The purpose of this study was to identify the presence of strength asymmetries in young elite soccer players in relation to muscle group (knee extensors and flexors) and limb preference (dominant vs. non-dominant limb).
We hypothesized that there would be a significantly higher percentage of strength asymmetries in knee flexors than in knee extensors. We also assumed a higher percentage of strength asymmetries in the ipsilateral ratio (Hamstring to Quadriceps ratio) on the non-dominant limb than in the dominant one.
MATERIAL AND METHOD
Subject. Forty-one U16 national team soccer players (mean age 15.7 [+ or -] 0.3 years, body height 177.9 [+ or -] 6.6 cm and body weight 68.2 [+ or -] 7.9 kg) participated in this study between 2011 and 2012. Testing was carried out within a season period at a national camp. Participants recruited were not injured or rehabilitating from an injury at the time of testing. The participants were informed about the measurement procedures and they signed an informed consent form. Assessment of strength indicators. The muscular strength of the lower limbs was assessed using a Cybex Humac Norm isokinetic dynamometer (Cybex NORM[R], Humac, CA, USA). The device is hydraulically directed and fully computer controlled in the continuous passive movement, isometric, isotonic and isokinetic concentric and eccentric modes. We tested maximum peak voluntary muscle torque of knee extensors ([PT.sub.E]) and flexors ([PT.sub.F]) on both legs, and based on these values, we derived the ipsilateral ratio of muscle torque for both dominant and non-dominant legs (H:[Q.sub.D] and H:[Q.sub.N], respectively) and the bilateral ratio between the exerted strength of knee extensors (Q:Q) and flexors (H:H). Strength parameters were obtained in the concentric contraction at angular velocities of 60, 120, 180, 240 and 300 [degrees]-[s.sup.-1]. The maximum peak muscle torque of the knee extensors and flexors of the dominant and non-dominant legs during concentric contraction was measured at five angular velocities of movement (60, 120, 180 240 and 300 [degrees][s.sub.-1]). Before measurement, all tested subjects completed a short warm-up (dynamic half squats: 3 sets of 10 repetitions; forward lunges: 3 sets of 10 repetitions) and static stretching of the lower limb muscles (6 minutes) using an individual approach. The testing protocol consisted of three attempts at knee flexion and extension at the monitored velocities (from the lowest to the highest velocity). Before testing at each velocity, the participants completed four training trials at submaximal intensity. Visual feedback and verbal stimulation were given during the testing.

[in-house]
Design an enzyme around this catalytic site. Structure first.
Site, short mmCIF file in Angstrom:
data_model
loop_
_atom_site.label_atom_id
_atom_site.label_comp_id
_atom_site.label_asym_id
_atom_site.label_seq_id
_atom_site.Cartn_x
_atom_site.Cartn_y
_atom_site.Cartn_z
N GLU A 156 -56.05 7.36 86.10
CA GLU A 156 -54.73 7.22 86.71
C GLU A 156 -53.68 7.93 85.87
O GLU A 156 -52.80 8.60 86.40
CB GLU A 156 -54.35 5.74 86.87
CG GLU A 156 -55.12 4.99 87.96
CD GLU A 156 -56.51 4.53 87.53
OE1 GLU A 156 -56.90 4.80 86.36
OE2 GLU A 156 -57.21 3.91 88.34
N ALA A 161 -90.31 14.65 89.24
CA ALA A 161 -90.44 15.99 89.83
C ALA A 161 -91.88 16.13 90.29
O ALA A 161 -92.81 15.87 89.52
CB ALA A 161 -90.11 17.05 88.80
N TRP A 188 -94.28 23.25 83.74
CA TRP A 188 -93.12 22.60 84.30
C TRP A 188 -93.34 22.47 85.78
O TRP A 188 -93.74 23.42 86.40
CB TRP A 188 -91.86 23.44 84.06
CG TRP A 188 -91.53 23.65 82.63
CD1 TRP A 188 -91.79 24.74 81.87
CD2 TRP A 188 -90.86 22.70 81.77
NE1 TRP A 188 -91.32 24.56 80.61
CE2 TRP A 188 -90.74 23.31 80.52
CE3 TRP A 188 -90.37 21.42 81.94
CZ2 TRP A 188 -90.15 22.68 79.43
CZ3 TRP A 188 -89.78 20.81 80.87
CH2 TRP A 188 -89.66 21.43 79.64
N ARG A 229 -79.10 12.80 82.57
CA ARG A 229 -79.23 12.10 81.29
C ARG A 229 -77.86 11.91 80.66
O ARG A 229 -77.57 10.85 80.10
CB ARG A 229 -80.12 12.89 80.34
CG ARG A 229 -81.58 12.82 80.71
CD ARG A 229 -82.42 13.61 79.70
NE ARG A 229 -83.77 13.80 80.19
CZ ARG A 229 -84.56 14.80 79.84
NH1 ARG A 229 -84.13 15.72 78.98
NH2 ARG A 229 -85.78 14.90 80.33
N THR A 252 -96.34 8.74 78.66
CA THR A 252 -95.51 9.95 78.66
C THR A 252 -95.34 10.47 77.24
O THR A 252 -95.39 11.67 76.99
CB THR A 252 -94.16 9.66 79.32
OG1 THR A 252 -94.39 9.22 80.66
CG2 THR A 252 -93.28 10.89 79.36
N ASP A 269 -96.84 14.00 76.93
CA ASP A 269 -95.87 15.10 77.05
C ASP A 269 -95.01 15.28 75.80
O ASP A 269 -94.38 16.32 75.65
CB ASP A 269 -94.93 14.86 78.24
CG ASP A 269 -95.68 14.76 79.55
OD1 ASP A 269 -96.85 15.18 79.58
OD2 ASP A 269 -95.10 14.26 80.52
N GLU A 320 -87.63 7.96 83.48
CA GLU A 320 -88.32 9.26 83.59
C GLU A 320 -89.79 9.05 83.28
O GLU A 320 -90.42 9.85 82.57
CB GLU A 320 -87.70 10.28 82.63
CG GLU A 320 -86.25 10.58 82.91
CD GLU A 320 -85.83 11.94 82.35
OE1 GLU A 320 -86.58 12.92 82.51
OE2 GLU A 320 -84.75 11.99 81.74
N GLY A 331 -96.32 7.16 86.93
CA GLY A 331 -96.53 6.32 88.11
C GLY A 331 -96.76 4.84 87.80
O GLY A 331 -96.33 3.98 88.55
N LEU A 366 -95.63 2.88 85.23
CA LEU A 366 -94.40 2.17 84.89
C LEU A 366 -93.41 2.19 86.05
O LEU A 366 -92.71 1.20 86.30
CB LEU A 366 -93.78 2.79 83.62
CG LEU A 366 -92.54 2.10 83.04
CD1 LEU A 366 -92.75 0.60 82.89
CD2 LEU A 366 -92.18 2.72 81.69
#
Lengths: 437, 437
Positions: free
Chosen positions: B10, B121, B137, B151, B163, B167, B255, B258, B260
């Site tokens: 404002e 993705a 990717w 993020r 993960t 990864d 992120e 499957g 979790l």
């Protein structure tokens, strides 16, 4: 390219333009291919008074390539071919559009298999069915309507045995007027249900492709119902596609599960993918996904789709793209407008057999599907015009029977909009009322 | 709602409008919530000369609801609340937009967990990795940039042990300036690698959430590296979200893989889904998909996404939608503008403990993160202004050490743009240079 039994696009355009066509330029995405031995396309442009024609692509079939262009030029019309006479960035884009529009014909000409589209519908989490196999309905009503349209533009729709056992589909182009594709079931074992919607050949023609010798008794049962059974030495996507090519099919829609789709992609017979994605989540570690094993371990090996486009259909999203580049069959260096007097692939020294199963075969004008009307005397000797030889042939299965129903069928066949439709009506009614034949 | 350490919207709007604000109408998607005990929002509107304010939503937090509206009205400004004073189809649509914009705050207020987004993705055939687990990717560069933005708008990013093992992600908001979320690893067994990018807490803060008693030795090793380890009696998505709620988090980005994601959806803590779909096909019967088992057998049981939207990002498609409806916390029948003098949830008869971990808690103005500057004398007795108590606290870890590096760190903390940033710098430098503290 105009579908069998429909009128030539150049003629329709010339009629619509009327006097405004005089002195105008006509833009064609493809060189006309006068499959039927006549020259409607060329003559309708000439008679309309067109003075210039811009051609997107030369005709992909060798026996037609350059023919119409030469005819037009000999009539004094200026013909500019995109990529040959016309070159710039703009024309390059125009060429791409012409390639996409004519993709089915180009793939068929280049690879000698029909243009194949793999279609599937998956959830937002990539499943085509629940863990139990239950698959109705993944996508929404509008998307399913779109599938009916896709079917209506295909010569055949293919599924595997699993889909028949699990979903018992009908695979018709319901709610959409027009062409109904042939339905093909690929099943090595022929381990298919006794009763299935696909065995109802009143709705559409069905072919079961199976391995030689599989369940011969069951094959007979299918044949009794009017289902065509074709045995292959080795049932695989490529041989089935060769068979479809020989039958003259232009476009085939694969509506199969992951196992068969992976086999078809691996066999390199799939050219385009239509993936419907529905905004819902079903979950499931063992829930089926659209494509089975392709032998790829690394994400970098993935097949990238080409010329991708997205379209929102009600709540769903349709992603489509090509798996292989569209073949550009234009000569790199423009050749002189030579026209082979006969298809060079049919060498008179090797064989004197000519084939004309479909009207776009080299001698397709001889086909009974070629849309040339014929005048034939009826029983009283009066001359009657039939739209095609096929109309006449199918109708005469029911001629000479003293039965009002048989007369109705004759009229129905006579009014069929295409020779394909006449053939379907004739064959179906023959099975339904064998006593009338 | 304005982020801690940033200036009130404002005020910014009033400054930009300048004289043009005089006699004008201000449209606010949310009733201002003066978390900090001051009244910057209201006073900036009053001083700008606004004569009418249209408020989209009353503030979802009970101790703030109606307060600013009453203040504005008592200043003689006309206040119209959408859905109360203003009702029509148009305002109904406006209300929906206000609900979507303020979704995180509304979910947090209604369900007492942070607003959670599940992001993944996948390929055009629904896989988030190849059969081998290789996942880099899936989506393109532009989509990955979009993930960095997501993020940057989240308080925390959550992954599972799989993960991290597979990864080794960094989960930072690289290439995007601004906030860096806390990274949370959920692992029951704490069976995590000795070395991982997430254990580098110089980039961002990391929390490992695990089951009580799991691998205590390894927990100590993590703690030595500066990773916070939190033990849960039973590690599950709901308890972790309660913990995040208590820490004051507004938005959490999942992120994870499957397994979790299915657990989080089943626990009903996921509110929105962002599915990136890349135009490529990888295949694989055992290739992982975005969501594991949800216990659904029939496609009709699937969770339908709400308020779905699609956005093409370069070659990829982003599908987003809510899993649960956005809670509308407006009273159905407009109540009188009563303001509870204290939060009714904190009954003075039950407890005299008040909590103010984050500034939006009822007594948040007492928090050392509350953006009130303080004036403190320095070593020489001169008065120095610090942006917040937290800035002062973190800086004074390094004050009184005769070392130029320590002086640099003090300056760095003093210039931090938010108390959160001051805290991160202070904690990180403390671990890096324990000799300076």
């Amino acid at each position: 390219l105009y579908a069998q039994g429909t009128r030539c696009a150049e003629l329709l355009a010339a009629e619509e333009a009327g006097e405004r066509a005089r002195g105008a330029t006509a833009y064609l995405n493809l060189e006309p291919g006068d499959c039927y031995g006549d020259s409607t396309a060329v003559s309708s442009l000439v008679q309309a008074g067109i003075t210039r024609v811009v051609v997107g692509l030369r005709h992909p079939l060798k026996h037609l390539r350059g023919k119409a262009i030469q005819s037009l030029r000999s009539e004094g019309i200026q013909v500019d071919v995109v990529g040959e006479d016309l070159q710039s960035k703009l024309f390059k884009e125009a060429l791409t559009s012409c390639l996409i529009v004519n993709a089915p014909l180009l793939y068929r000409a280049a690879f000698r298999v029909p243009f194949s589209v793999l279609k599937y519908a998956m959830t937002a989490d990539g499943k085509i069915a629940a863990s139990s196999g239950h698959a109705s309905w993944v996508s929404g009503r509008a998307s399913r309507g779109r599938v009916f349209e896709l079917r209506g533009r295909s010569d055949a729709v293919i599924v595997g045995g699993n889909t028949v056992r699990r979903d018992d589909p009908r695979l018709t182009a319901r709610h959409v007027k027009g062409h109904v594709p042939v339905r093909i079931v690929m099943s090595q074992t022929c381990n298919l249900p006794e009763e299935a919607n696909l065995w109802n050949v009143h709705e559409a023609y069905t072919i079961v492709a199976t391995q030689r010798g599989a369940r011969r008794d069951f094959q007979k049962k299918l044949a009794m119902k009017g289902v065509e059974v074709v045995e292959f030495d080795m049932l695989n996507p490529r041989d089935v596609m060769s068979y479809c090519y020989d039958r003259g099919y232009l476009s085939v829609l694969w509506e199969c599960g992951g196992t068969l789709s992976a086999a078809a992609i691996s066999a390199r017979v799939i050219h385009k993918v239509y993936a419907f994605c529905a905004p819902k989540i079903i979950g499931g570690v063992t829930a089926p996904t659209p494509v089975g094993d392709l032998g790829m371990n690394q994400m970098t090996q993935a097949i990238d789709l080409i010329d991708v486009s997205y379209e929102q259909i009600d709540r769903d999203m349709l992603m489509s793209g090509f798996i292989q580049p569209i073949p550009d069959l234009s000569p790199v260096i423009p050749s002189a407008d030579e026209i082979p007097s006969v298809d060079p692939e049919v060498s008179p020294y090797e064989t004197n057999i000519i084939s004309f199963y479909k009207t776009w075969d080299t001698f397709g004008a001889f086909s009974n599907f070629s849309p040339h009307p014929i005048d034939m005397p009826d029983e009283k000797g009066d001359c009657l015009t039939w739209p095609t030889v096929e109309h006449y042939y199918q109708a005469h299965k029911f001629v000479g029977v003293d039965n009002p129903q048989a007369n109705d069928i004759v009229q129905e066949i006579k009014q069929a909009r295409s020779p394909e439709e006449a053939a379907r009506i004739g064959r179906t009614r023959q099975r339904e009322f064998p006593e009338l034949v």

Statistical analysis. From methods of descriptive statistics, we used the mean as a measure of central tendency and standard deviation and standard error of the mean as measures of variability. Data are expressed as mean [+ or -] standard deviation. For statistical analysis, we used the analysis of frequencies and the non-parametric [chi square] (chi square distribution) test. The rejection of the null hypothesis was assessed at the level of p[less than or equal to].05. Statistical analysis was performed using IBM[R] SPSS[R] v21 (Statistical Package for Social Science, Inc., Chicago, IL, 2012).